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Bid amity with gentle ray,
The woes that low'r on Faction's brow display.
Shall Rome to thee a rebel prove ?
For hellish hate abandon heavenly love?
Here, gentle Concord, on each breast
Let thy spring-sweetness bland distil,
Here thy ambrosial fragrance rest,
And all mankind obey thy sovereign will.
Tecum vivere amem, tecum obeam libens.
CONTEMPLATION, lovely fair,
Far from scenes of noise and care,
Evermore delights to dwell
In the still sequester'd cell:
Lead me then, propitious power,
To thy lonely, rural bower ;
To the silent, shady wood,
To the rivulet's dimpling flood :
And, on summer mornings, lead
To the russet heath or mead :
To the cot's plain simple door,
The ploughman's peaceful, happy floor:
Where Phyllis brings her loaded pail,
young affection lisps its tale;
Lead to dusky lanes or shades,
Where tall oaks lift high their heads;
To the seat of happiness,
To the garden's lov'd recess;
Beds with pinks and roses gay,
The pride and boast of June and May.
Contemplation, nymph serene,
Guide to lawns, or uplands green,
Or near the promontory's side-
Let me hear the roaring tide,
Hear old Ocean's wild waves roll ;
Or the sad knell slowly toll,
Or, at gloomy hour of day,
With me to the church-yard stray,
And meditate among the dead;
While the sexton plies his spade,
the time-worn stones, Or, as he turns up human bones, Think on what I soon must be, Think on vast eternity: 'Till torches dissipate the gloom, And the sable mourners come; 'Till the venerable priest, In his snowy surplice dress’d, Loudly begins the solemn lines, And “ dust to dust,” at length consigns.
Haill matron lovely, tho' demure,
Ever chaste and ever pure,
Diffuse thy balm into my breast,
Bring with thee happiness and rest :
Sooth each melancholy sigh,
Teach me to live, and teach to die!
BY WILLIAM HAMILTON, ESQ.
O voice divine, whose charmed strain.
No mortal measure may attain,
O powerful to appease the smart,
That festers in a wounded heart,
Whose mystic numbers can assuage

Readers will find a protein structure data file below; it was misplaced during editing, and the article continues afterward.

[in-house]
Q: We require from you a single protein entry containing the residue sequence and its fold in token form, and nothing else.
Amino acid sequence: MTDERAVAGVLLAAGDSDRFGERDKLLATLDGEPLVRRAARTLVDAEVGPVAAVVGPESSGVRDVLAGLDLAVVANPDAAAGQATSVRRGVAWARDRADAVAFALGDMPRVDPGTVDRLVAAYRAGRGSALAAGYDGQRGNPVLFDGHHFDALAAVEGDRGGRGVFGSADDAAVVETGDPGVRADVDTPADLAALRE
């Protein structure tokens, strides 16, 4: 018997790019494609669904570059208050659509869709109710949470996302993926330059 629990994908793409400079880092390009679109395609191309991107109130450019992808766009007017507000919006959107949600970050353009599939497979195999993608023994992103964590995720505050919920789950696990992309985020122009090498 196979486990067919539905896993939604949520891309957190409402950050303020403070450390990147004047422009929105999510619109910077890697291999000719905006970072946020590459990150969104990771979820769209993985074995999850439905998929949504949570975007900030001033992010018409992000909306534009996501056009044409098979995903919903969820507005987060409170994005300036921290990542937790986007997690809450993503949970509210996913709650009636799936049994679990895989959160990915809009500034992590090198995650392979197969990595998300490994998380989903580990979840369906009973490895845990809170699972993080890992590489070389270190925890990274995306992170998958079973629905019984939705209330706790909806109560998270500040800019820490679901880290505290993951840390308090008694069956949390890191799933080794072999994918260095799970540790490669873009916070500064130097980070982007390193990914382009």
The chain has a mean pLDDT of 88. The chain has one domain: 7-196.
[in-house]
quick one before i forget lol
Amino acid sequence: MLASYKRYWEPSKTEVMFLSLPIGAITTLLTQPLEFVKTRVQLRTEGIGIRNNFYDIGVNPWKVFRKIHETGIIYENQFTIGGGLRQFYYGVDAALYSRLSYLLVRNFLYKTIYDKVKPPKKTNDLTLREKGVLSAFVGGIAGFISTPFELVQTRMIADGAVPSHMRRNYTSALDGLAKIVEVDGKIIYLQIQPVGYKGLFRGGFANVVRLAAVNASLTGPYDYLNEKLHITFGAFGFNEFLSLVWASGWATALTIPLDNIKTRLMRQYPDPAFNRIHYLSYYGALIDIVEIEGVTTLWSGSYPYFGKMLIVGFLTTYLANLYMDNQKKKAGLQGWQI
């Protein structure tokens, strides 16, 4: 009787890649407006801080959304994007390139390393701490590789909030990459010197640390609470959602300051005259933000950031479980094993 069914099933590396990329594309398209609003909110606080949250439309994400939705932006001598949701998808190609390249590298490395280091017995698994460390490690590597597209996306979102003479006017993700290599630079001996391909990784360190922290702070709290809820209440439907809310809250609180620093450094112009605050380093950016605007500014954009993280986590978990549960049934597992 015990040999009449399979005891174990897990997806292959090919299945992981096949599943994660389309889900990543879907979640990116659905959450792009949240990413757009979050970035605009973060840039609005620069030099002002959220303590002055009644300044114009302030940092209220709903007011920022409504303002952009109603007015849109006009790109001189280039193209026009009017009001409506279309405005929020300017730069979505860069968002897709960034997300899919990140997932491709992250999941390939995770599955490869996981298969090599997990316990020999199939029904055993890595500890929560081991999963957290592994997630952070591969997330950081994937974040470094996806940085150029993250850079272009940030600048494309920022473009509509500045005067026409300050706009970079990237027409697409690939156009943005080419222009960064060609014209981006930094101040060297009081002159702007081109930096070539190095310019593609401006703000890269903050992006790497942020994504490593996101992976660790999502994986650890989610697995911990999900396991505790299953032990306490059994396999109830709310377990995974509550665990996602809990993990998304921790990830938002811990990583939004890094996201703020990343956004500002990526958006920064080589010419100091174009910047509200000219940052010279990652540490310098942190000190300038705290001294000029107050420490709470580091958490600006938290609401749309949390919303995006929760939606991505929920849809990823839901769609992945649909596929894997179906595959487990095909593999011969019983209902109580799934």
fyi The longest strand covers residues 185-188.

The bosom of tumult'ous Rage,
Can strike the dagger from Despair,
And shut the watchful eye of Care.
Oft lur'd by thee, the joy of all,
Hope comes unto the wretches call;
Exil'd by thee, and dispossest
Envy forsakes the human breast.
Full oft with thee the bard retires,
And lost to earth, to heaven aspires;
How nobly lost! with thee to rove
Thro’ the long deepning solemn grove,
Or underneath the moonlight pale,
To Silence trust some plaintive tale,
Of Nature's ills, and mankind's woes,
While kings and all the proud repose ;
Or where some holy aged oak
A stranger to the woodman's stroke;
From the high rocks aerial crown
In twisting arches bending down,
Bathes in the smooth pellucid stream,
Full oft he waits the mystic dream
Of mankind's joys right understood,
And of the all prevailing good.
Go forth invok'd, O Voice Divine ! And issue from thy sainted shrine ; Go search each solitude around, Where Contemplation may be found, Where'er apart the Goddess stands With lifted eyes and heaven-rais'd hands; If rear'd on Speculation's hill Her raptur'd soul enjoys its fill Of far-transporting Nature's scene, Air, ocean, mountain, river, plain; Or if with measur'd step she go Where Meditation spreads below, In bosom'd vale her ample store, Till weary Fancy can no more ; Or inward if she turn her gaze, And all th’ internal world surveys ; With joy complacent sees succeed